Phillips Brothers develops ‘Egg Spread’ system for on-farm hatching

Phillips Brothers has developed the Egg Spread system.

The past year has been extremely challenging, but that hasn’t stopped Phillips Brothers responding with new innovations to meet the changing demands of the industry for poultry bedding. Growers that use the on-farm hatching process have been supported by the East Anglian business, when supplying and spreading the wood shavings for the initial litter, using an innovative system called Egg Spread.

philips egg spread pic 1

Phillips’ technical team visited sites on numerous occasions and met and discussed a solution to eradicate extra labour during set up, which was mainly due to manually discharging top-up bales to create the required elevated platform for the eggs.

After several meetings and trials on farms the innovative process was developed, with the added value of saving additional costs and speeding up the entire set-up process. In addition, the method involves no plastic waste.

Once the operator completes depositing the initial shavings in the poultry house for the chicks, they then assemble an adaptation to the spreading equipment to create a raised central spread down the relevant parts of the shed to assist the egg laying machine to be able to create the elevated nest for the final incubation period of the eggs before they hatch.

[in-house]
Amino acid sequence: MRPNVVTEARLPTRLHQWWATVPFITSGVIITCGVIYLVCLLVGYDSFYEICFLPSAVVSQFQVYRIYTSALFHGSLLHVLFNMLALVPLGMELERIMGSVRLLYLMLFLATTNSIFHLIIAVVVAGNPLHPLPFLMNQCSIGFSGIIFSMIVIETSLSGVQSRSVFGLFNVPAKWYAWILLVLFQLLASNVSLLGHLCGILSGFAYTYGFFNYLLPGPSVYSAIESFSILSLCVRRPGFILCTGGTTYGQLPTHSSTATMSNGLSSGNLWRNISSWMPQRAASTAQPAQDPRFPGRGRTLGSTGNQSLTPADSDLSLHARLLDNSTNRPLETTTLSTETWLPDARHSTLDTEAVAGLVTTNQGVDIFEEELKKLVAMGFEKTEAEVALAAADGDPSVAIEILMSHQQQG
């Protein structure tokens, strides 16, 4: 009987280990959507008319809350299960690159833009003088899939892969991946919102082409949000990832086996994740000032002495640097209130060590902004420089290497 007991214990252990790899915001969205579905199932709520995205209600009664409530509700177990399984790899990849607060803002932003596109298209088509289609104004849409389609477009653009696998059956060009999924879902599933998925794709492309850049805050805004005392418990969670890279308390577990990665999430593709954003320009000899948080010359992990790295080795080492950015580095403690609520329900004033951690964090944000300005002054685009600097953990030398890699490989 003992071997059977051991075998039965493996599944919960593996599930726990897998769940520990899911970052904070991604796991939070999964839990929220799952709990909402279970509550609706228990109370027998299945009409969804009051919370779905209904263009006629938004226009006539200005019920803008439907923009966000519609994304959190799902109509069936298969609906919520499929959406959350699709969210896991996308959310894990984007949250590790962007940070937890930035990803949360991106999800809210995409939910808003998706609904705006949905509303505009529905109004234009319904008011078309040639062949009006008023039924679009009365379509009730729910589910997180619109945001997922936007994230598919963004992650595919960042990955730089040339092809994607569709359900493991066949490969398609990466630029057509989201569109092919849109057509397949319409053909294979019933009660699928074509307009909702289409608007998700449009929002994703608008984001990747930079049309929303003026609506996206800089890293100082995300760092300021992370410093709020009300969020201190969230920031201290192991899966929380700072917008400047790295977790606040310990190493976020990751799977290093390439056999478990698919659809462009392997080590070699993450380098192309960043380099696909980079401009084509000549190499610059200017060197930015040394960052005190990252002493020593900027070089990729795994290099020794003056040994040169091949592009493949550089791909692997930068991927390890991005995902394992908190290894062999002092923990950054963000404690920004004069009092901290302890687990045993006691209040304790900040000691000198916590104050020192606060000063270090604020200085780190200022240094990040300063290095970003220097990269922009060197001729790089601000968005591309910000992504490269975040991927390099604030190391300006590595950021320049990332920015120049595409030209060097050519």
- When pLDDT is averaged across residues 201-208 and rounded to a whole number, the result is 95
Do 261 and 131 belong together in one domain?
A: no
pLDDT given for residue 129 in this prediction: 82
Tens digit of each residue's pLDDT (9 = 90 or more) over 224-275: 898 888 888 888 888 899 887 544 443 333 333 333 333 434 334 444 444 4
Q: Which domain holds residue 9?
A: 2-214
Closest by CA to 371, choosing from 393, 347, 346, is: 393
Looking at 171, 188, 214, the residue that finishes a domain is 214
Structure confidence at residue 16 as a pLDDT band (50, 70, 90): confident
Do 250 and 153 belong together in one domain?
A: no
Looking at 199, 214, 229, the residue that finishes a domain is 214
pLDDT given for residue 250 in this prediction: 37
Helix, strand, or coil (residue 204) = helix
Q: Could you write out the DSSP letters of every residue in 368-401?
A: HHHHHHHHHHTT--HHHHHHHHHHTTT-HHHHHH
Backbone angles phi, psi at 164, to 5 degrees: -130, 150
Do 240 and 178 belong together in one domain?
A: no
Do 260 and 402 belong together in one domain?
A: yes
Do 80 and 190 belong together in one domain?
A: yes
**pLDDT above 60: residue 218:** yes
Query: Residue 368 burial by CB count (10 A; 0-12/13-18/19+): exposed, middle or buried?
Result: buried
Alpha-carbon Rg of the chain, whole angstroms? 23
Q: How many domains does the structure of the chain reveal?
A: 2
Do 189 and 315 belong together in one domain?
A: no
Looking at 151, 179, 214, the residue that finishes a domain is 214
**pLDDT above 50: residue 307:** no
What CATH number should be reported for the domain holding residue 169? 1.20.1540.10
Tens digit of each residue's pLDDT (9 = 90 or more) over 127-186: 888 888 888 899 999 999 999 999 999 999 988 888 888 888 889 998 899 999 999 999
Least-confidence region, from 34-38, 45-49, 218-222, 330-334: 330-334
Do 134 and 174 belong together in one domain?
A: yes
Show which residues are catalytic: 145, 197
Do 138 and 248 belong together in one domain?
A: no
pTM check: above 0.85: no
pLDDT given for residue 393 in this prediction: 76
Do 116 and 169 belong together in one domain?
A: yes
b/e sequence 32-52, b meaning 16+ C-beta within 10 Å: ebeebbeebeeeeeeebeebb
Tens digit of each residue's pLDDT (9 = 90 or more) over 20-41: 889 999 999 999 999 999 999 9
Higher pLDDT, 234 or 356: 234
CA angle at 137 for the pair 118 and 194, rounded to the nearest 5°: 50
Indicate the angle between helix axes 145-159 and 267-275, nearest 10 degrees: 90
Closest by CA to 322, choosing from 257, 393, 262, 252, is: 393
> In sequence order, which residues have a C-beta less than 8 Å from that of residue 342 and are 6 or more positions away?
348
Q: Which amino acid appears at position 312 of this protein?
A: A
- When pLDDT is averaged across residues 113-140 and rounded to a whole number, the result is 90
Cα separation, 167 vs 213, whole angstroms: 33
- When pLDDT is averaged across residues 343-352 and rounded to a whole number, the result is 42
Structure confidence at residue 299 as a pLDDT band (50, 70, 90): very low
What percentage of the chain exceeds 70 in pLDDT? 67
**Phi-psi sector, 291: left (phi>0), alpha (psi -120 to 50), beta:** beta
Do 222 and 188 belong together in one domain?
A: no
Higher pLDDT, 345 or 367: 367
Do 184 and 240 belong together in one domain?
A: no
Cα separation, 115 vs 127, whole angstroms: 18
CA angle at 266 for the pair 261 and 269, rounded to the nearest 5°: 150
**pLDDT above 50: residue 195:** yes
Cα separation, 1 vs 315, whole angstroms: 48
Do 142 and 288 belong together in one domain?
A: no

philips egg spread pic 7

 

The success of this spreading technique includes economic benefits of reducing top-up usage and labour, saving three hours of setting up of the raised bedding. Tom Ford, of Whin Close Farm, who has eight broiler sheds, says he was impressed with Egg Spread, which he said was a “high quality and consistent product”.

“It spreads very evenly, saving at least 30 minutes of intense labour per shed,” says Ford. “Using this method as opposed to bales, we save around £300, and there is zero plastic waste involved.”

Edward Proctor, of Stows Farm, agrees it was a “very consistent product”, providing an even spread over the entire shed. “Egg bed spreading has saved us a least one man per day during set up with no detrimental effect on the hatch rate. The spreader drivers are always very helpful,” he adds.

philips egg spread pic 3

 

Darren Farrow, of Mileham Farm, says the time saved was a big benefit: “The Egg Spread saves around four hours work for us and reduces a lot of lifting. We have also found that the eggs go down better and we seem to get a more even hatch when the spread is done by Phillips instead of us doing it as it is level and not lumpy.”

The spreading in the sheds itself complies with rigid biosecurity procedures, as the product is transferred directly from the delivery trailer inside the poultry house, avoiding the product touching any parts of the shed apron.

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